Monday, September 18, 2017

Inertial Measurement Units (IMUs)- Some key issues - III

We have come a long way since the first mechanical spinning flywheel gyros were made at the beginning of the 19th century. There are three novel techniques available for sensing now

1) Coriolis effect based devices [a nice discussion here] -  These devices are now very popular in commercial cell phones. The most popular versions use Micro Electro-Mechanical Systems (MEMS), and the rotation and acceleration is sensed as a change in the capacitance of a microfabricated circuit. The demands put on fab side are significant although things are getting cheaper as the scale of deployment grows. As the entire device is made in a semiconductor fab, the overhead associated with creating noise control electronics is reduced, as the signal is basically electrical in nature, a number of existing design for low noise signal amplification can be leveraged to improve performance.  Though not terribly good in terms of precision these devices are cheap enough to be deployed on scale. It is possible to remove noise by using a magnetometer or other sensors, but its still pretty bad relative to existing peers. With commercial applications growing, a lot of people are working on ways to fuse the data from multiple sensors and use cloud based big data filtering tools to get intelligence from these devices, but that stuff is still IMHO in its infancy. It is fantastically easy to get hold of a piece of python code that hacks into one of these and gets data out. If you are looking for a place to start learning about these, I recommend playing with the Arduino backed versions of these. I did this with a high school student on the robotics team some years ago - and it was a fantastic pain in the rear but great as a learning tool.

2) Sagnac effect based devices [a good place to start] - These devices are popular in the aerospace side. This effect is used for Ring Laser Gyros and Fiber Optic Gyros (This effect is also used in Atom Optics based systems but that is discussed as a separate topic). One would naively think these systems are the most robust form of sensing possible but there are subtle issues that limit their capabilities and utility [see here]. The main limitation on these devices comes from the fact that to get a very high resolution, one needs a very large path length. Such a path length can only be achieved by incurring penalties in weight and size. The manufacture of these devices is non-trivial and would require significant investment.

3) Atom Optics [See paper by Mark Kasevich etal. in this link] - These devices were originally conceived as sensitive tests of gravitational physics in the atom optics boom years of the last century. These ideas lounged in unwieldy room sized setups in the basements of physics departments for several decades but sustained investment from the NI-24 program by the Navy and a passing interest from the IC enabled the construction of very robust variants of these devices*. Though initially considered too fragile to be used in real world applications, the quality of engineering has steadily improved and I think we may see these on real world aerospace platforms. These devices hold the promise of a significant reduction in noise over current systems and the general thought is that with some effort this will lead to a much better place in the long run. That said the manufacture of these devices is non-trivial, the demands made on associated instrumentation are significantly larger than mechanical devices.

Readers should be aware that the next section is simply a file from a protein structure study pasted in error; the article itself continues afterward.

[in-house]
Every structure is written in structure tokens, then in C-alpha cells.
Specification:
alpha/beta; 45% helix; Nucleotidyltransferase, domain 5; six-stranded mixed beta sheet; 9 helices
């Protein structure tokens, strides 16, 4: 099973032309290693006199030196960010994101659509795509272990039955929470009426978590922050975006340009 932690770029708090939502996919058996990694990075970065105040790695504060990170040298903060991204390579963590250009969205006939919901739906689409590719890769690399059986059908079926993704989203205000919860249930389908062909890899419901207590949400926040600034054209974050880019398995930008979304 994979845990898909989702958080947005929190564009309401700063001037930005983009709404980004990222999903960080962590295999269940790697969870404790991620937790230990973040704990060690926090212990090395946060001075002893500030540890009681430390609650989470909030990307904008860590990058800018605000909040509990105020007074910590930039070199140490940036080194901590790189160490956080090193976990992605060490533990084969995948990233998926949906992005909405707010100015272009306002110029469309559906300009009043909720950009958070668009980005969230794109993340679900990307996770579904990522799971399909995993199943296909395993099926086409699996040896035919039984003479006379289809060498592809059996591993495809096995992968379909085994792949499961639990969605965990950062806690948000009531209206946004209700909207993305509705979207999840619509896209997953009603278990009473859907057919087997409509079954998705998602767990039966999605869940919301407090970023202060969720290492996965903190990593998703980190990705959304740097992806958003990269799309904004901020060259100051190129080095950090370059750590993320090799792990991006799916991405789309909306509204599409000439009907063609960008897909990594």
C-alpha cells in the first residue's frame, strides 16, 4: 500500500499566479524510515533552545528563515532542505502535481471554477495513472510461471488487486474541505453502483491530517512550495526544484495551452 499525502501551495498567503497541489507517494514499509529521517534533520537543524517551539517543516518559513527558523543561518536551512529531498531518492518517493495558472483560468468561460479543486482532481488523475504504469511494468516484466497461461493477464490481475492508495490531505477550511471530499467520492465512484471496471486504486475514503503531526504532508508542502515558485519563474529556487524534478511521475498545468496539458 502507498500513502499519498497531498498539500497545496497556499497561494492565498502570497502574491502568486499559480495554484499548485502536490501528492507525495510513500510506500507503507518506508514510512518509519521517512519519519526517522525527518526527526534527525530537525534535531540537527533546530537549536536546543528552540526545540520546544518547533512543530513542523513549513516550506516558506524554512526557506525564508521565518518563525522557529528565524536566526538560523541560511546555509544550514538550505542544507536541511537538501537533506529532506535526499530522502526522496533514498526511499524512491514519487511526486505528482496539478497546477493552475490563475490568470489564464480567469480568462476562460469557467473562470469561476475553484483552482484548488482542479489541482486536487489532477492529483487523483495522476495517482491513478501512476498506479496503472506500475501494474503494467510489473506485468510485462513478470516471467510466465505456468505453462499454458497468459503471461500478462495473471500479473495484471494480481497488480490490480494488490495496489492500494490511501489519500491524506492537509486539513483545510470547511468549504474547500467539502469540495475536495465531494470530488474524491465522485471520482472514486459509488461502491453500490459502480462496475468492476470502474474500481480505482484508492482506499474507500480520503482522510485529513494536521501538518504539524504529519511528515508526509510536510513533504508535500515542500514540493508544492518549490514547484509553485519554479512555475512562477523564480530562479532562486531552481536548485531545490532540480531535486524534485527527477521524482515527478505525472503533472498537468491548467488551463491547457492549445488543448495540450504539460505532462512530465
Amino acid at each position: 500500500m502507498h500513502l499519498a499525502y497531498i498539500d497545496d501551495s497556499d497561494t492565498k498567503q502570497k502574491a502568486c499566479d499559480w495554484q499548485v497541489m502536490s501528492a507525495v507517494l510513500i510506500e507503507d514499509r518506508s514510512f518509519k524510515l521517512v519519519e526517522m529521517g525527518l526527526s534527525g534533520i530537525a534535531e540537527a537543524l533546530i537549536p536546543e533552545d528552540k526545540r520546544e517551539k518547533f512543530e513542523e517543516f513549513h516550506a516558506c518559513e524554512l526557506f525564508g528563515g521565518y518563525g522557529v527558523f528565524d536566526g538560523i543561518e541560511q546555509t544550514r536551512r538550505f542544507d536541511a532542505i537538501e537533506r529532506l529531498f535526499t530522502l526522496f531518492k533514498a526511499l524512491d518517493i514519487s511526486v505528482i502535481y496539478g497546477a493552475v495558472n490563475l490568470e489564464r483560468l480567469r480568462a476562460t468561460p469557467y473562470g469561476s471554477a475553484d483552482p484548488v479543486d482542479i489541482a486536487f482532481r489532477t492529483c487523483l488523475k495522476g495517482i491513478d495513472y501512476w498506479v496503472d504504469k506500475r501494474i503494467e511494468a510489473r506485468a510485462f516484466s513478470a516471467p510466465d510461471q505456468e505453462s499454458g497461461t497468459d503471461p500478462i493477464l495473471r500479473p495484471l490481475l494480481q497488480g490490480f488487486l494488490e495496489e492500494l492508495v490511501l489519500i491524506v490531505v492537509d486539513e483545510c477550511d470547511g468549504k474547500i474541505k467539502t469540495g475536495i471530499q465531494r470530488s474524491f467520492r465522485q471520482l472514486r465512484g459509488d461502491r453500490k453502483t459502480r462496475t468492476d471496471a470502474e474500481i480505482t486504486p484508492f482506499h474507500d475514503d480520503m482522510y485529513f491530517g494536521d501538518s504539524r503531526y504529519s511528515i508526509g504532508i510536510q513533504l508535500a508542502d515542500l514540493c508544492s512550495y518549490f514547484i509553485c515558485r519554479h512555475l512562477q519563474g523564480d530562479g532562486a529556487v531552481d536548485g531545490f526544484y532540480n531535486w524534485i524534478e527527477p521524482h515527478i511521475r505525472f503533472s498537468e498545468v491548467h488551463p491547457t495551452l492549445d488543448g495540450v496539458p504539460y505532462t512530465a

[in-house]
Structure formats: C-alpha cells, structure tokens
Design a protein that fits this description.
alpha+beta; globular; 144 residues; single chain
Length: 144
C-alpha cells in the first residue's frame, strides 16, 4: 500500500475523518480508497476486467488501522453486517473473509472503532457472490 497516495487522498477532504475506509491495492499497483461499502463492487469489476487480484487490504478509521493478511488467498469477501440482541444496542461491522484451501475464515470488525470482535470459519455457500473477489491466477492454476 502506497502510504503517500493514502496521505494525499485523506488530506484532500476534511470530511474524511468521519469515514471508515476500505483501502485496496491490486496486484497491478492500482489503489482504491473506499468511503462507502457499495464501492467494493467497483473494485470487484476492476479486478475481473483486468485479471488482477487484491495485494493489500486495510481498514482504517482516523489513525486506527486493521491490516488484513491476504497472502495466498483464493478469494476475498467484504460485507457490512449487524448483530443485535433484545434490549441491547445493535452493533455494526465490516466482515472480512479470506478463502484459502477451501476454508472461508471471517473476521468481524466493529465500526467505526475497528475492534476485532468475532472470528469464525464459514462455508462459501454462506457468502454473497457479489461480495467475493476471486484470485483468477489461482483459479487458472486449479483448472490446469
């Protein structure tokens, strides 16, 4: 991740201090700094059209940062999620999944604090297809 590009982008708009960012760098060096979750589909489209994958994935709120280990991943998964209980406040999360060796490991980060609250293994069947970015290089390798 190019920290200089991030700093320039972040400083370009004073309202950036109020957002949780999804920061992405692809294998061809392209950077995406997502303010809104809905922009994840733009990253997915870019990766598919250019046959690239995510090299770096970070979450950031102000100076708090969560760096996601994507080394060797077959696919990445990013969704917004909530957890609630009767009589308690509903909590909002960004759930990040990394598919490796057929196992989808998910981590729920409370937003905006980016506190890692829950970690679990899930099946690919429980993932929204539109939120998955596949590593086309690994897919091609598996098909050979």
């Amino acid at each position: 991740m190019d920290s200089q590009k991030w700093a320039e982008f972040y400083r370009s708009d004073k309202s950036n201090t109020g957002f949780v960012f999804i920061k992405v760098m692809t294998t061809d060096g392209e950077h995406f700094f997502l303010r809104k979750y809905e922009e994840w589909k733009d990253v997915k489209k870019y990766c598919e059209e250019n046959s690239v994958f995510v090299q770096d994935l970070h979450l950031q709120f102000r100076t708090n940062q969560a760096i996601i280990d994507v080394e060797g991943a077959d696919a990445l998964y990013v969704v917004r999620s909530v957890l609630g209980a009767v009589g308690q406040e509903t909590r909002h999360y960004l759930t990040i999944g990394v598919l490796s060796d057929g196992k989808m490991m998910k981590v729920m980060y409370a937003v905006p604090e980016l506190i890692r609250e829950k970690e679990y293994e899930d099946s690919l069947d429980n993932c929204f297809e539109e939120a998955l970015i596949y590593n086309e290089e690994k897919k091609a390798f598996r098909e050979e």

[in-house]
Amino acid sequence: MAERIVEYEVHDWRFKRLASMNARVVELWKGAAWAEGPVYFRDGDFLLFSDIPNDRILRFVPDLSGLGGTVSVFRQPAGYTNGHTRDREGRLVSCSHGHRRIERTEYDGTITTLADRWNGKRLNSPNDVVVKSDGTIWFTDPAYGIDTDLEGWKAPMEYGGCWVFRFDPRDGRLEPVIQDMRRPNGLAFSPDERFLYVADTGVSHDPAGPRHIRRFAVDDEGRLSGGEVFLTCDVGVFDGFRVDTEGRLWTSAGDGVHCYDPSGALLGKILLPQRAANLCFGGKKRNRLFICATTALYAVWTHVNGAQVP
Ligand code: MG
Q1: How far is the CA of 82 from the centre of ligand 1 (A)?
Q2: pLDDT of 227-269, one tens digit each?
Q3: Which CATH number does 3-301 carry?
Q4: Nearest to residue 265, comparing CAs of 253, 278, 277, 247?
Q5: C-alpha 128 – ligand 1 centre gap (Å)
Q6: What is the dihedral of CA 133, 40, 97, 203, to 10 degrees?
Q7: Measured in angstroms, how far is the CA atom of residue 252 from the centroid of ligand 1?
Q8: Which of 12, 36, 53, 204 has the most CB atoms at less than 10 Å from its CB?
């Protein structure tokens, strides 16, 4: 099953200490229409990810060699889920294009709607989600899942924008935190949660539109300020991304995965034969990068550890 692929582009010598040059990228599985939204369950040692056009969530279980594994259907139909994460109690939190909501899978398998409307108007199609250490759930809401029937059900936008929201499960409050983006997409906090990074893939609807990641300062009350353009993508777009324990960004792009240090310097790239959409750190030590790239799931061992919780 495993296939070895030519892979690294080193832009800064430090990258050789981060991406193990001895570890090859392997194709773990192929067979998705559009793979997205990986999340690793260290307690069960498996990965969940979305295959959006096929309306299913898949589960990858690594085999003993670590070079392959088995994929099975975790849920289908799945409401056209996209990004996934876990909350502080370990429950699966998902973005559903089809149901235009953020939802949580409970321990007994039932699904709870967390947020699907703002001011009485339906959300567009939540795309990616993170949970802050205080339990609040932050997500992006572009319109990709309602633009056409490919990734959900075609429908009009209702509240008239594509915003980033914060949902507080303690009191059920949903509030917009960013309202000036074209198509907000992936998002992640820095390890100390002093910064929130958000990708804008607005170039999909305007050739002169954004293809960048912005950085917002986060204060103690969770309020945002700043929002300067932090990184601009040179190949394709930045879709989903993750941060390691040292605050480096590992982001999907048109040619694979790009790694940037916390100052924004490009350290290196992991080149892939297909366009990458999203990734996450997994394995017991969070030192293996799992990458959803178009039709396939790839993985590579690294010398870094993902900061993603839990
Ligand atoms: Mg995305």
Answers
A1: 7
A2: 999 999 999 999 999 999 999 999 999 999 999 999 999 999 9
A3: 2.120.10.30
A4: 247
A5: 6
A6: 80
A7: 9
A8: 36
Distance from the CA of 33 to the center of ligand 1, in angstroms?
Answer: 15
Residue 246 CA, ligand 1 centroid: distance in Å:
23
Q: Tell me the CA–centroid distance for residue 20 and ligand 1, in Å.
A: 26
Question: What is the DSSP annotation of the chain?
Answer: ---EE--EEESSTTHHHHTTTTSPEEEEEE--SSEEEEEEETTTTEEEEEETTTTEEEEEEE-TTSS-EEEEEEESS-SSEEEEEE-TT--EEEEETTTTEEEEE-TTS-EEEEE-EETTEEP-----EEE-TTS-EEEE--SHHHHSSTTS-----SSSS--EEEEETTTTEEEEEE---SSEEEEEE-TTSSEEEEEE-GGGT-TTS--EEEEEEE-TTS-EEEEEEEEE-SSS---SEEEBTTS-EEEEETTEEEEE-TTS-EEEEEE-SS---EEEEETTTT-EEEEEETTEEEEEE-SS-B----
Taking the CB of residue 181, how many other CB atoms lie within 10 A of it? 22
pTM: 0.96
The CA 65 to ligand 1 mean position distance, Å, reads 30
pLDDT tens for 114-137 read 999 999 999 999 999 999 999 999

If I were to rate these platforms qualitatively in the order of error (given that hard metrics on this are difficult to come by in context) - I would say that Coriolis systems have the worst noise issues, followed by RLGs and Fiber Optic devices. The Atom Optics systems have the best noise characteristics cited in public sources. I would not take any of these numbers too literally as they are not available for the kinds of application that have spiked public interest,  those numbers are a closely guarded secret for obvious reasons.

As a rule of thumb, if you have a lot of noise on a sensor - you have a large overhead in terms of associated algorithms (and related electronics and software) needed to clean up that mess. IMHO this really limits the ability to use commercial/off-the-shelf stuff in strategic or mission critical applications.

In the next post I will make a few remarks in passing about the way things might change in the future.  (cont'd in next post)

* one of the prime drivers of this effort was the retirement of highly qualified technicians that could make mechanical gyroscopes and gradiometers in the US. Faced with a forced technological regression the S&T guys in the USG gravitated towards the only hope they had at the time of rapid advances. Hence the interest in Atom Optics which had emerged as one of the major candidates for other high impact technologies like Quantum Computation.


Post a Comment

<< Home